• April 15, 2024

2009 Fort Hood Shooter Could Face Execution – Would be First Military Execution Since 1961

 2009 Fort Hood Shooter Could Face Execution – Would be First Military Execution Since 1961

Back in 2009, Nidal Hassan, a doctor in the U.S. Military, went on a shooting spree at Fort Hood in Texas, killing 13 people in the process.

He ultimately pleaded guilty and was given the death penalty.

This week, his case is going to be heard by an appeals court, and depending on the outcome, he could possibly face execution. If he does, it will be the first military execution since 1961.

The Military Times reports:

US could carry out its first military execution in over 60 years

A former soldier on military death row for the 2009 shooting rampage at Fort Hood, Texas, could face execution after the nation’s top military court hears the case.

Ex-Army Maj. Nidal Hasan, 52, is set for his case to stand before the Court of Appeals for the Armed Forces on Tuesday for what is largely considered the deadliest mass shooting ever on a United States military installation.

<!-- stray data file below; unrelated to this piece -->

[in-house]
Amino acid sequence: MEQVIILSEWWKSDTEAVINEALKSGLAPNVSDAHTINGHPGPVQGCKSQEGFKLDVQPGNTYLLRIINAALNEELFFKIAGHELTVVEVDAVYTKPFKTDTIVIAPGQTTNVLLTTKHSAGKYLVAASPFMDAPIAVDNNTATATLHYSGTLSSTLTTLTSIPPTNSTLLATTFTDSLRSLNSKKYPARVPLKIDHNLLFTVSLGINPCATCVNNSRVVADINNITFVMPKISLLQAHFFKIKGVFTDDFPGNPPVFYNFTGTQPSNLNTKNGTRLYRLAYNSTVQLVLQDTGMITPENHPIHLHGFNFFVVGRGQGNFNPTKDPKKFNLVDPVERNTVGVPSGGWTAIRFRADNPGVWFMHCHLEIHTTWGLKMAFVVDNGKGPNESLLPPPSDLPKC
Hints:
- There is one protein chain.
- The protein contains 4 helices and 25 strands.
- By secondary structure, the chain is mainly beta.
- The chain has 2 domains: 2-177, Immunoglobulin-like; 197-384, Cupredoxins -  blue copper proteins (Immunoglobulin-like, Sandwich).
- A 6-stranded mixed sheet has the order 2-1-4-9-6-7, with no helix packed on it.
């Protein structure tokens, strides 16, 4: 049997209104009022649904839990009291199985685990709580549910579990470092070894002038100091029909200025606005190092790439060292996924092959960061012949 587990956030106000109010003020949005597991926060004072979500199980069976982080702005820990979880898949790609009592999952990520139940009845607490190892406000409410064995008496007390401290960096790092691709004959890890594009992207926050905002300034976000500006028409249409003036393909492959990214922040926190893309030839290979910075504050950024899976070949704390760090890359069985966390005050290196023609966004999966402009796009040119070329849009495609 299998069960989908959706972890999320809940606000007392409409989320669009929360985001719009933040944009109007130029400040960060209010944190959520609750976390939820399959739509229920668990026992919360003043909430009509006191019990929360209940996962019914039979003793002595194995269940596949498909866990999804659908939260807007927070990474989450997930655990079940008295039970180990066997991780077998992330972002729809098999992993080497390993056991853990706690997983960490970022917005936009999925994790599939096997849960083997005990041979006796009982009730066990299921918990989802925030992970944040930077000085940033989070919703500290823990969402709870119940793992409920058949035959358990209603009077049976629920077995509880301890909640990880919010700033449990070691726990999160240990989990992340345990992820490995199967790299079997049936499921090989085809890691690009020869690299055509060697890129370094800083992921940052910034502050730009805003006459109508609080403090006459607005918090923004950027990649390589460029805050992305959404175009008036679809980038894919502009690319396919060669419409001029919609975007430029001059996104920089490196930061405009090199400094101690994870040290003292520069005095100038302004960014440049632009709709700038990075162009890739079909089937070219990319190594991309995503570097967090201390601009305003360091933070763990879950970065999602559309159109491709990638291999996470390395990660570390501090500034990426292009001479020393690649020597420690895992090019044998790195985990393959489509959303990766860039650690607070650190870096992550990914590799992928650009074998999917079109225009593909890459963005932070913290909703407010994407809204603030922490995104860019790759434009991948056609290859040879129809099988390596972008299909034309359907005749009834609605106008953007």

On Nov. 5, 2009, Hasan entered a readiness processing center at the Texas post and opened fire, killing 13 — including a pregnant soldier — and wounding 32. Hasan admitted to the shootings at his court-martial in 2013 and was sentenced to death.

If Hasan is put to death, it would be the first military execution since 1961, when ex-soldier John Bennett was hanged after being convicted for raping and attempting to kill a young girl.

The hearing Tuesday marks the next stage of the case in the drawn-out military appeals process. Regardless of the hearing’s outcome, it remains unclear if and when a decision on execution could be made.

“I would say a lot could happen,” Richard Dieter, the executive director of the Death Penalty Information Center, told Military Times.

Once a decision is reached, the case will likely be appealed to the Supreme Court, Dieter explained. The president must also weigh in with final say on the ex-soldier’s fate. As commander in chief, the president is required to confirm an execution sentence or commute it to what would likely be life in prison.

This puts Biden in a bit of a bind. He always wants to appear to be a tough guy on guns, but his party would oppose the idea of carrying out a death sentence.

The families of the victims would probably also raise hell if Biden commutes the sentence.

Source: The Gateway Pundit

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